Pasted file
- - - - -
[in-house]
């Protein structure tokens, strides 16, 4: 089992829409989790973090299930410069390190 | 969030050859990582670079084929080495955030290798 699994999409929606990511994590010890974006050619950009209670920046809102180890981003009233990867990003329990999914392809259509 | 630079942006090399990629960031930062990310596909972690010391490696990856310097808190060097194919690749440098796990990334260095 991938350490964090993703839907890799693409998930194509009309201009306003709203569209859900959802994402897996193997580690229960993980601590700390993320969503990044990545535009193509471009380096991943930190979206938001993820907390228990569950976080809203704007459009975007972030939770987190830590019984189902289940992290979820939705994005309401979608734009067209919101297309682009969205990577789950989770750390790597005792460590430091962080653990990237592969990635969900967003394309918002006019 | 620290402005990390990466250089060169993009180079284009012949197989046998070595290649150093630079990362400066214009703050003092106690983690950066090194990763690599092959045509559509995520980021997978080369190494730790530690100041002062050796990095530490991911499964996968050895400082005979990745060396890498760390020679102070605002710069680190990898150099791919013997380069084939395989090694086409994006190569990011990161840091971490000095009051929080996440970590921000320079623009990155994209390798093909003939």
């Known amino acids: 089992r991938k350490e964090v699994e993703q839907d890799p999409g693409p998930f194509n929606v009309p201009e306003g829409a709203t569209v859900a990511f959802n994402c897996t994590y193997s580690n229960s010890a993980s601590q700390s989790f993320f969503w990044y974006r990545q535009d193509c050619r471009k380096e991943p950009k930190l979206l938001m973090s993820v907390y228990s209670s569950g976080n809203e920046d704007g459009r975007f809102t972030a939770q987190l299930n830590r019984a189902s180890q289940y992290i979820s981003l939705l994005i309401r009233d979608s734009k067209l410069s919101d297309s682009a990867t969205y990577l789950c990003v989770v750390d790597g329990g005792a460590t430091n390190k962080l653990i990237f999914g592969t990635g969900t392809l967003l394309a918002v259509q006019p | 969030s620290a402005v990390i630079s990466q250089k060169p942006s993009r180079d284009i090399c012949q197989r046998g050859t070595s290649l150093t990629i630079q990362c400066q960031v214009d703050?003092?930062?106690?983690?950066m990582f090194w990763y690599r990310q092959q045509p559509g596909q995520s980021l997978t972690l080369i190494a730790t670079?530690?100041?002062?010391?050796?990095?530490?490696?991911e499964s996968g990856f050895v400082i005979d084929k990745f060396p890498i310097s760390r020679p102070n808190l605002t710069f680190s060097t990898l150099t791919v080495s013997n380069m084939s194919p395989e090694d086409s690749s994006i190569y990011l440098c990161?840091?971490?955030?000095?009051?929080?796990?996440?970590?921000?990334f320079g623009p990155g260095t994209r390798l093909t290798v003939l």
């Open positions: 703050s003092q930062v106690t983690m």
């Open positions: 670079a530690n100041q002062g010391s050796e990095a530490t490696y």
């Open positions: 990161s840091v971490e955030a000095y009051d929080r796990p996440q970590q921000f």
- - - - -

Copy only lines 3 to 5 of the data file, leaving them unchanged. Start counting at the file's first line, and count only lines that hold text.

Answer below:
């Known amino acids: 089992r991938k350490e964090v699994e993703q839907d890799p999409g693409p998930f194509n929606v009309p201009e306003g829409a709203t569209v859900a990511f959802n994402c897996t994590y193997s580690n229960s010890a993980s601590q700390s989790f993320f969503w990044y974006r990545q535009d193509c050619r471009k380096e991943p950009k930190l979206l938001m973090s993820v907390y228990s209670s569950g976080n809203e920046d704007g459009r975007f809102t972030a939770q987190l299930n830590r019984a189902s180890q289940y992290i979820s981003l939705l994005i309401r009233d979608s734009k067209l410069s919101d297309s682009a990867t969205y990577l789950c990003v989770v750390d790597g329990g005792a460590t430091n390190k962080l653990i990237f999914g592969t990635g969900t392809l967003l394309a918002v259509q006019p | 969030s620290a402005v990390i630079s990466q250089k060169p942006s993009r180079d284009i090399c012949q197989r046998g050859t070595s290649l150093t990629i630079q990362c400066q960031v214009d703050?003092?930062?106690?983690?950066m990582f090194w990763y690599r990310q092959q045509p559509g596909q995520s980021l997978t972690l080369i190494a730790t670079?530690?100041?002062?010391?050796?990095?530490?490696?991911e499964s996968g990856f050895v400082i005979d084929k990745f060396p890498i310097s760390r020679p102070n808190l605002t710069f680190s060097t990898l150099t791919v080495s013997n380069m084939s194919p395989e090694d086409s690749s994006i190569y990011l440098c990161?840091?971490?955030?000095?009051?929080?796990?996440?970590?921000?990334f320079g623009p990155g260095t994209r390798l093909t290798v003939l």
């Open positions: 703050s003092q930062v106690t983690m």
């Open positions: 670079a530690n100041q002062g010391s050796e990095a530490t490696y």